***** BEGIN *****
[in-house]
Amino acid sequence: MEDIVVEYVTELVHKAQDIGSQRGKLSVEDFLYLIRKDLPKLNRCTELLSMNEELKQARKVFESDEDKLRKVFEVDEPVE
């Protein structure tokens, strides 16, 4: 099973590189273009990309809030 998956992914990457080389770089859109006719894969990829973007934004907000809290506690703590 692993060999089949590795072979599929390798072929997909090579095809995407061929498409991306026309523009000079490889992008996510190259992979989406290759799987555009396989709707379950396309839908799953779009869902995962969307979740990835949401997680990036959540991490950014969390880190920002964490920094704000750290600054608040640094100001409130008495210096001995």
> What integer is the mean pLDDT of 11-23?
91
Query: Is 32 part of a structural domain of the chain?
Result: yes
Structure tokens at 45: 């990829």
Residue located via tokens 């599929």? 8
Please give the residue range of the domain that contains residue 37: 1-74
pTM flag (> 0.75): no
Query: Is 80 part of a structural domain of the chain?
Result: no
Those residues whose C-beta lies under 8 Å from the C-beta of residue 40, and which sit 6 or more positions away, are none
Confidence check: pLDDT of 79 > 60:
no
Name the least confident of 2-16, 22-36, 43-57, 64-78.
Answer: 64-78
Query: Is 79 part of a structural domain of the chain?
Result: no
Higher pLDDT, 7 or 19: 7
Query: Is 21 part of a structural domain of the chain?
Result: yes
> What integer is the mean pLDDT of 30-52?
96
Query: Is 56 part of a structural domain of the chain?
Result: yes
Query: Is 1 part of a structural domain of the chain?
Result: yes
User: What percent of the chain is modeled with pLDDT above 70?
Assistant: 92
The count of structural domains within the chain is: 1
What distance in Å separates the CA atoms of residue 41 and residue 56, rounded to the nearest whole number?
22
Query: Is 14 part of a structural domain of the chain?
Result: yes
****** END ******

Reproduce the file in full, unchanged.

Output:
[in-house]
Amino acid sequence: MEDIVVEYVTELVHKAQDIGSQRGKLSVEDFLYLIRKDLPKLNRCTELLSMNEELKQARKVFESDEDKLRKVFEVDEPVE
């Protein structure tokens, strides 16, 4: 099973590189273009990309809030 998956992914990457080389770089859109006719894969990829973007934004907000809290506690703590 692993060999089949590795072979599929390798072929997909090579095809995407061929498409991306026309523009000079490889992008996510190259992979989406290759799987555009396989709707379950396309839908799953779009869902995962969307979740990835949401997680990036959540991490950014969390880190920002964490920094704000750290600054608040640094100001409130008495210096001995």
> What integer is the mean pLDDT of 11-23?
91
Query: Is 32 part of a structural domain of the chain?
Result: yes
Structure tokens at 45: 């990829």
Residue located via tokens 């599929």? 8
Please give the residue range of the domain that contains residue 37: 1-74
pTM flag (> 0.75): no
Query: Is 80 part of a structural domain of the chain?
Result: no
Those residues whose C-beta lies under 8 Å from the C-beta of residue 40, and which sit 6 or more positions away, are none
Confidence check: pLDDT of 79 > 60:
no
Name the least confident of 2-16, 22-36, 43-57, 64-78.
Answer: 64-78
Query: Is 79 part of a structural domain of the chain?
Result: no
Higher pLDDT, 7 or 19: 7
Query: Is 21 part of a structural domain of the chain?
Result: yes
> What integer is the mean pLDDT of 30-52?
96
Query: Is 56 part of a structural domain of the chain?
Result: yes
Query: Is 1 part of a structural domain of the chain?
Result: yes
User: What percent of the chain is modeled with pLDDT above 70?
Assistant: 92
The count of structural domains within the chain is: 1
What distance in Å separates the CA atoms of residue 41 and residue 56, rounded to the nearest whole number?
22
Query: Is 14 part of a structural domain of the chain?
Result: yes